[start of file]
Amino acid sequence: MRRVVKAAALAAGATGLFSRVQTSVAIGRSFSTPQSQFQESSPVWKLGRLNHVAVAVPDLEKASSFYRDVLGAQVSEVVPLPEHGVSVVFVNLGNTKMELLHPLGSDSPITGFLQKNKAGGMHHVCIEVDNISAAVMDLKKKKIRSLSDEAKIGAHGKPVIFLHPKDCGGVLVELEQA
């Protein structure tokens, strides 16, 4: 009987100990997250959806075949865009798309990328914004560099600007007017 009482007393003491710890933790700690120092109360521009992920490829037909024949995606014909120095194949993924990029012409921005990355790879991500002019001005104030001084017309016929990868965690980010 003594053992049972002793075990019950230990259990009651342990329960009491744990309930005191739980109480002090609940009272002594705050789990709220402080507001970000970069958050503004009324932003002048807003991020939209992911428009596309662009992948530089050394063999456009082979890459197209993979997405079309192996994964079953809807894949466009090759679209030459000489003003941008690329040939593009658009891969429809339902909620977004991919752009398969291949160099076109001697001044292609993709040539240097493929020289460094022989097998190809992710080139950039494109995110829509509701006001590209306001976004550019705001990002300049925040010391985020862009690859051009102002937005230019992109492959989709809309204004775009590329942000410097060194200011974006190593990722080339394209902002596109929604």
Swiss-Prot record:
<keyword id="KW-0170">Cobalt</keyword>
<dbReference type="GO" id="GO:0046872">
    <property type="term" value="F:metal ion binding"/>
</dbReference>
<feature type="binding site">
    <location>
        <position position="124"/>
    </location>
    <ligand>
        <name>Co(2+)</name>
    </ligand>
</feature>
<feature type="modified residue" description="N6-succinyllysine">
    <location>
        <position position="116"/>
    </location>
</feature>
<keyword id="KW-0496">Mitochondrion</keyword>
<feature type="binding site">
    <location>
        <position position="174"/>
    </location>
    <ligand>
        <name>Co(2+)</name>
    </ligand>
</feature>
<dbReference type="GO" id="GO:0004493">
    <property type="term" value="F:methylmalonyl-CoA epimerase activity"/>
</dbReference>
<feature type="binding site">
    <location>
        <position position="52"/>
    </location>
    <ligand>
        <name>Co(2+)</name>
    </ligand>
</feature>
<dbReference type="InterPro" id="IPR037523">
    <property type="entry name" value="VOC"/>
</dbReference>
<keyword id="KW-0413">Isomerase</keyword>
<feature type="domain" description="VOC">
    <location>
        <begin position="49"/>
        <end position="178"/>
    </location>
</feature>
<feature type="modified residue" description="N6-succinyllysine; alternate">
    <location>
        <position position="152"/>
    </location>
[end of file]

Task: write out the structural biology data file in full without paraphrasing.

Amino acid sequence: MRRVVKAAALAAGATGLFSRVQTSVAIGRSFSTPQSQFQESSPVWKLGRLNHVAVAVPDLEKASSFYRDVLGAQVSEVVPLPEHGVSVVFVNLGNTKMELLHPLGSDSPITGFLQKNKAGGMHHVCIEVDNISAAVMDLKKKKIRSLSDEAKIGAHGKPVIFLHPKDCGGVLVELEQA
């Protein structure tokens, strides 16, 4: 009987100990997250959806075949865009798309990328914004560099600007007017 009482007393003491710890933790700690120092109360521009992920490829037909024949995606014909120095194949993924990029012409921005990355790879991500002019001005104030001084017309016929990868965690980010 003594053992049972002793075990019950230990259990009651342990329960009491744990309930005191739980109480002090609940009272002594705050789990709220402080507001970000970069958050503004009324932003002048807003991020939209992911428009596309662009992948530089050394063999456009082979890459197209993979997405079309192996994964079953809807894949466009090759679209030459000489003003941008690329040939593009658009891969429809339902909620977004991919752009398969291949160099076109001697001044292609993709040539240097493929020289460094022989097998190809992710080139950039494109995110829509509701006001590209306001976004550019705001990002300049925040010391985020862009690859051009102002937005230019992109492959989709809309204004775009590329942000410097060194200011974006190593990722080339394209902002596109929604």
Swiss-Prot record:
<keyword id="KW-0170">Cobalt</keyword>
<dbReference type="GO" id="GO:0046872">
    <property type="term" value="F:metal ion binding"/>
</dbReference>
<feature type="binding site">
    <location>
        <position position="124"/>
    </location>
    <ligand>
        <name>Co(2+)</name>
    </ligand>
</feature>
<feature type="modified residue" description="N6-succinyllysine">
    <location>
        <position position="116"/>
    </location>
</feature>
<keyword id="KW-0496">Mitochondrion</keyword>
<feature type="binding site">
    <location>
        <position position="174"/>
    </location>
    <ligand>
        <name>Co(2+)</name>
    </ligand>
</feature>
<dbReference type="GO" id="GO:0004493">
    <property type="term" value="F:methylmalonyl-CoA epimerase activity"/>
</dbReference>
<feature type="binding site">
    <location>
        <position position="52"/>
    </location>
    <ligand>
        <name>Co(2+)</name>
    </ligand>
</feature>
<dbReference type="InterPro" id="IPR037523">
    <property type="entry name" value="VOC"/>
</dbReference>
<keyword id="KW-0413">Isomerase</keyword>
<feature type="domain" description="VOC">
    <location>
        <begin position="49"/>
        <end position="178"/>
    </location>
</feature>
<feature type="modified residue" description="N6-succinyllysine; alternate">
    <location>
        <position position="152"/>
    </location>